By Rania El Gamal
KUWAIT (Reuters) - Gulf Arab states welcomed Iran's "new direction" under President Hassan Rouhani on Wednesday, but said the Islamic Republic should do more to promote stability in a region that has long viewed it with mistrust.
The Sunni Muslim-ruled Gulf Arab oil producers, especially regional heavyweight Saudi Arabia, see Shi'ite Iran as their chief rival and worry that its interim nuclear deal with world powers last month could signal a resurgence in its influence.
But the language used by the Gulf Cooperation Council (GCC) summit was markedly toned down from last year when Gulf Arab leaders condemned what they called Iran's interference in their countries' internal affairs, and called on it to halt actions that "increased tension and threatened the region's security".
At the end of a two-day summit in Kuwait on Wednesday, the GCC, which groups Saudi Arabia, Kuwait, Qatar, Bahrain, Oman and the United Arab Emirates, called for good neighborly relations with Iran based on "non-interference in internal affairs".
A communique read by GCC Secretary General Abdullatif al-Zayani said: "The GCC welcomed the new direction of the Iranian leadership towards the GCC countries, in the hope that this direction will be followed with tangible steps that will reflect positively ... on peace, security and stability in the region."
Since taking office in August, Rouhani has overseen a gradual warming in Iran's foreign relationships, culminating in a November 24 interim nuclear deal with world powers.
Tehran agreed to limit uranium enrichment in return for an easing of international sanctions. GCC states see this as a step towards curbing what they fear is a secret Iranian nuclear weapons program. Tehran says its program is peaceful.
NUCLEAR POWER PLANTS
Iranian Foreign Minister Mohammad Javad Zarif has visited Kuwait, Qatar, Oman and the UAE since the nuclear deal was struck to try to ease Gulf Arab worries.
The GCC communique also voiced concern over Iran's plans to build more nuclear power plants on the Gulf, saying these "threaten the environmental system and water security".
Iranian media have said Iran, which already has one nuclear power station at Bushehr, is in talks with Russia to construct more, based on a 1992 agreement with Moscow.
The UAE is building a nuclear power plant near Abu Dhabi and Saudi Arabia plans to build several over the next decade.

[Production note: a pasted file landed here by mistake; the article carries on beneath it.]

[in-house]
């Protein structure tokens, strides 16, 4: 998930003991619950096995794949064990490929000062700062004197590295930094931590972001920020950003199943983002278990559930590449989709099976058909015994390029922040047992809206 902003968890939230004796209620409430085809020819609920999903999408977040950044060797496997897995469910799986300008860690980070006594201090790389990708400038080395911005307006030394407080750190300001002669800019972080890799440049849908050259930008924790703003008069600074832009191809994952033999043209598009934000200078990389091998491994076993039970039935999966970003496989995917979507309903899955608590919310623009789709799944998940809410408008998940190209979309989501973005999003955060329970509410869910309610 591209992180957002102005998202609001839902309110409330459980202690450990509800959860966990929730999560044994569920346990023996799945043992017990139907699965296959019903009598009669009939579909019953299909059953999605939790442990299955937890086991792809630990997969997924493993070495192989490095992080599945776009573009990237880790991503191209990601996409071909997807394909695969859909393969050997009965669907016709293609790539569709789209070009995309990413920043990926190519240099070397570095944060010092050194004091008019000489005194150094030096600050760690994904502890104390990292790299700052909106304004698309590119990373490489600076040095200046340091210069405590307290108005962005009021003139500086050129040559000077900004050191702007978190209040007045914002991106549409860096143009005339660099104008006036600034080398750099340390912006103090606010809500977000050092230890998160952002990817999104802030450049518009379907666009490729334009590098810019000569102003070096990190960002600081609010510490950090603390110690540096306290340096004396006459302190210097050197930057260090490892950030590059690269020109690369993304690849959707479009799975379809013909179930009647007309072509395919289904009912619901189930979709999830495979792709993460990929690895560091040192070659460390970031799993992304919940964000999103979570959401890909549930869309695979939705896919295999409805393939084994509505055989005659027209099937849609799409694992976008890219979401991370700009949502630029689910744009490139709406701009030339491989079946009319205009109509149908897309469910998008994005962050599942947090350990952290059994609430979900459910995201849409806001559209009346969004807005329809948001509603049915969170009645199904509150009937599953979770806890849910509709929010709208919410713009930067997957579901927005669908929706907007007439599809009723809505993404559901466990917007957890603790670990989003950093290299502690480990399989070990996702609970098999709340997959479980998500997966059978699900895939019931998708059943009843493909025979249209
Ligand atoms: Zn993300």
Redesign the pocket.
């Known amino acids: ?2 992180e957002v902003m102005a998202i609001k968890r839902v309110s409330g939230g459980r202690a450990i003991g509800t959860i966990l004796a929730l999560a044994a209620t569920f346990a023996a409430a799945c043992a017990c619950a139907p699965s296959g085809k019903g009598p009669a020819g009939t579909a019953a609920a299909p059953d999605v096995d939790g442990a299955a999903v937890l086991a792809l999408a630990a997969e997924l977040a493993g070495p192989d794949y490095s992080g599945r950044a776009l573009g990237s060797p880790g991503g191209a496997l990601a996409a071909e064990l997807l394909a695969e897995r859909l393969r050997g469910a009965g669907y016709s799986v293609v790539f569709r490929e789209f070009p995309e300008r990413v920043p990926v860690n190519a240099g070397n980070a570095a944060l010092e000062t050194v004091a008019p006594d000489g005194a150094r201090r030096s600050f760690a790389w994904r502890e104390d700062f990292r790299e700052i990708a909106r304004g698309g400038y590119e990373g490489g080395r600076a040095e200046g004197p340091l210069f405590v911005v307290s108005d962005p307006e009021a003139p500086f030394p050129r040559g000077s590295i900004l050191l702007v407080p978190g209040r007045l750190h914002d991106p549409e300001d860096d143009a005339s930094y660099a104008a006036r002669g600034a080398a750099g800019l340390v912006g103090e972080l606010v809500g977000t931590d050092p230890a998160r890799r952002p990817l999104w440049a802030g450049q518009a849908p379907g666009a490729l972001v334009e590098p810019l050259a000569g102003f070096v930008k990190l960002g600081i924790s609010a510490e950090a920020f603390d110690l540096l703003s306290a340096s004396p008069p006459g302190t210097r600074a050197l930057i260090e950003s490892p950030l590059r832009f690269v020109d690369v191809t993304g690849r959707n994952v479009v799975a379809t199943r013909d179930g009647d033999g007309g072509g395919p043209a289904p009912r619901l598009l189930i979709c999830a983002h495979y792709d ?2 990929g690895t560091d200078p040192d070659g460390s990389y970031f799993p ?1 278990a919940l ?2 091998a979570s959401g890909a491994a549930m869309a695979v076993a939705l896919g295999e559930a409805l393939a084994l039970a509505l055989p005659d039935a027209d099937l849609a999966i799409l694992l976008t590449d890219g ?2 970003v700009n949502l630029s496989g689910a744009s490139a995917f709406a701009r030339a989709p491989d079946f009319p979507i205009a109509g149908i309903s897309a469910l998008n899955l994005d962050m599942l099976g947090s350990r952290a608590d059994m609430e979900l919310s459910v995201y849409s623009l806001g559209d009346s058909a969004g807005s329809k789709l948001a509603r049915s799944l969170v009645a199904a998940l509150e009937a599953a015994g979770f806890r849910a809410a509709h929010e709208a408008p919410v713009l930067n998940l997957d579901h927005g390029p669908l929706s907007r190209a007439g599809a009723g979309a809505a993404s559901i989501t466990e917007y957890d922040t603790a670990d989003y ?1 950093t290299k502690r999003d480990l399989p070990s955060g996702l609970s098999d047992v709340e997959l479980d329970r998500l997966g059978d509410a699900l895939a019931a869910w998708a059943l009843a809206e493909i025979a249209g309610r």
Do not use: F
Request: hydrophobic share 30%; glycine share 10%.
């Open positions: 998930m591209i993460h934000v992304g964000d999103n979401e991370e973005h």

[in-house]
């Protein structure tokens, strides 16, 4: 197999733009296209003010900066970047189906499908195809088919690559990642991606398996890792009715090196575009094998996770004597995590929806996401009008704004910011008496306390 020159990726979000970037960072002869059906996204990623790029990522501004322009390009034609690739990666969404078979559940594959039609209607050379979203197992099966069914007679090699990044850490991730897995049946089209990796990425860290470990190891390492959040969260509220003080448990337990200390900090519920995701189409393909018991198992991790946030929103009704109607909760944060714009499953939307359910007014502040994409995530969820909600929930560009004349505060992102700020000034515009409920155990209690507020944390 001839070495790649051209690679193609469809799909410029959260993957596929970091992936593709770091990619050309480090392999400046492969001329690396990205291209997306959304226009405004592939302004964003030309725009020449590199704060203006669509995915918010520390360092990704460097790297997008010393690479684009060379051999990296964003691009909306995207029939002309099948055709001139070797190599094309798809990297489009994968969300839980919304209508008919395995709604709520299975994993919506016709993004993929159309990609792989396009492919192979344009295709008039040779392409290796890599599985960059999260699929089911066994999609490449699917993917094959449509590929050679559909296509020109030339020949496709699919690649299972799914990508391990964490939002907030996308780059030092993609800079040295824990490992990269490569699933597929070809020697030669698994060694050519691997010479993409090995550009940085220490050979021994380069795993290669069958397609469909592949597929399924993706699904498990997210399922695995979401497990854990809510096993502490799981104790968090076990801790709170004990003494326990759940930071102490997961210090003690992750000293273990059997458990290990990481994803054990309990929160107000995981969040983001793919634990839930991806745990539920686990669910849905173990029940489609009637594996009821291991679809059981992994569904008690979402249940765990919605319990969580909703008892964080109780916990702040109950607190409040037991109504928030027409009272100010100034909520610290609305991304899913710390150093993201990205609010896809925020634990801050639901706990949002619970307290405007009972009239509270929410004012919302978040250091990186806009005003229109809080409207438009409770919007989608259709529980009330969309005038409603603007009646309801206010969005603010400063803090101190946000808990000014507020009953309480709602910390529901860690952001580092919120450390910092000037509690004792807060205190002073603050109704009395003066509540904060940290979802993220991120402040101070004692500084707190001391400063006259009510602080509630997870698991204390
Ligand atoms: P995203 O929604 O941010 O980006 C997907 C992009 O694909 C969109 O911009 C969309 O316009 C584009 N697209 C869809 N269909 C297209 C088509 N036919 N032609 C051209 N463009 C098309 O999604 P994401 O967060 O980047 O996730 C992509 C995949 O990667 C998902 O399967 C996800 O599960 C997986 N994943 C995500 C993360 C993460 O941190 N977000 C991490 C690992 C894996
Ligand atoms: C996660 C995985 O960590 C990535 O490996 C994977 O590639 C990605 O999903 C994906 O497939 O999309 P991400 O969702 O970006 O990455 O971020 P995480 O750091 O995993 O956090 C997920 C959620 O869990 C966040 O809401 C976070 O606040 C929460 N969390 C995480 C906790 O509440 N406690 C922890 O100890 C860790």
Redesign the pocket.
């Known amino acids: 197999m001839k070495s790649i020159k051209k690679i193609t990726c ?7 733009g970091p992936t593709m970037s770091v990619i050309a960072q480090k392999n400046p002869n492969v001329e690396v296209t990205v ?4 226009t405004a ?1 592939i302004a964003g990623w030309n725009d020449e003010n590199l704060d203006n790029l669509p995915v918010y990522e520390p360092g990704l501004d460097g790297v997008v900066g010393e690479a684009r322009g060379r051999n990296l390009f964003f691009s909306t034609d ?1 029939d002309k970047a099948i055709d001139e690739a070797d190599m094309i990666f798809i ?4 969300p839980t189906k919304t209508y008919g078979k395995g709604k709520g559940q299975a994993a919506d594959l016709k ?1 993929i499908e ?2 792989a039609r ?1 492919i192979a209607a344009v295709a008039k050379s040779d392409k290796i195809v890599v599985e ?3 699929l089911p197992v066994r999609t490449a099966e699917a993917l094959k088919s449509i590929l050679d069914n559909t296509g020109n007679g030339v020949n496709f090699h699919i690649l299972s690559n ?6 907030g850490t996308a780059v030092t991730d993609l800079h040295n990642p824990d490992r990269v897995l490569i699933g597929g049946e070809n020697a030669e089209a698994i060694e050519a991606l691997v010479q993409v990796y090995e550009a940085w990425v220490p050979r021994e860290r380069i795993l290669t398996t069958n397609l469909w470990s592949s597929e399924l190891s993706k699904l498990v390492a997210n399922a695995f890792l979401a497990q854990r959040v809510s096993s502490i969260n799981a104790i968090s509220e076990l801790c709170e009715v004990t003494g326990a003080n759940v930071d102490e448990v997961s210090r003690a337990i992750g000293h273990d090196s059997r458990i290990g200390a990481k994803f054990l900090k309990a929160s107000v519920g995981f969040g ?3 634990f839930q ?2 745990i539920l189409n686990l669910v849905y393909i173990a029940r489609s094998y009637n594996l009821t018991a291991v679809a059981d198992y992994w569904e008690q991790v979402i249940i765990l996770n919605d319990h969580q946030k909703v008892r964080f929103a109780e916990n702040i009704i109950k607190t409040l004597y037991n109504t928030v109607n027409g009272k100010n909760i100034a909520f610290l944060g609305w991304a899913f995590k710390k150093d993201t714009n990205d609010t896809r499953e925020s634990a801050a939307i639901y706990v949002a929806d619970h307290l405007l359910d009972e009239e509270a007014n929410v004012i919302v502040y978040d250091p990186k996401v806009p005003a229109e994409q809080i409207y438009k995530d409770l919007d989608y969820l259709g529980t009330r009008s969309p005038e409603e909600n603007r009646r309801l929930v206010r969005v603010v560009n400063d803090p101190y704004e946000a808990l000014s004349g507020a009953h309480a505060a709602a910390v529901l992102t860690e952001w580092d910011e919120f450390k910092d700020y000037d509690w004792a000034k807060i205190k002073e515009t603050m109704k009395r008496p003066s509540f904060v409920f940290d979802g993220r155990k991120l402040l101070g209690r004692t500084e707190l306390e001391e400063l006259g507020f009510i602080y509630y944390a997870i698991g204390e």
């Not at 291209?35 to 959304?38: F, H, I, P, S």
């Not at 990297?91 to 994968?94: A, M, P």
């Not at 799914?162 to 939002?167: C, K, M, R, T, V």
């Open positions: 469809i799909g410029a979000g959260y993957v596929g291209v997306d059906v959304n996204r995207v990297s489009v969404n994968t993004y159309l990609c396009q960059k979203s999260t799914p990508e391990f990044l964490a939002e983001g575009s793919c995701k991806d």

The GCC has its own differences, which burst into the open when Oman publicly dismissed a Saudi proposal for a union with Bahrain, Kuwait, Qatar and the United Arab Emirates.
The plan, proposed two years ago by Saudi King Abdullah, had been expected to be one of the main topics at the annual summit.
Zayani skirted questions about the proposal, saying the GCC had agreed to conduct "continuing discussions" about it.
Kuwait's Foreign Minister Sheikh Sabah al-Khaled al-Sabah played down the rifts within the GCC. "God willing, we will ... reach a consensus among us," he told reporters.
Gulf analyst Abdulkhaleq Abdullah at the summit said Oman's comments had forced people to focus on perceived disunity.
Despite their similarities, the six Gulf Arab monarchies have varying regional outlooks, economies and political systems.
Oman, in particular, has always been an outlier in the group and has pursued better ties with Tehran. It hosted secret talks between Iranian and U.S. officials that paved the way for last month's nuclear pact - a deal that infuriated the Saudis.
"The Omanis have a firm stance with anything that is seen against Iran. Oman values its relations with Iran as much as it values its relations with the GCC," Abdullah said.
The GCC, whose members rely mainly on a U.S. security umbrella, also agreed to set up a unified military command to tighten defense cooperation, but offered few details.
The same project was discussed at last year's GCC summit, but it has long been prey to sensitivities about sovereignty.
(Writing by Yara Bayoumy; Editing by Alistair Lyon)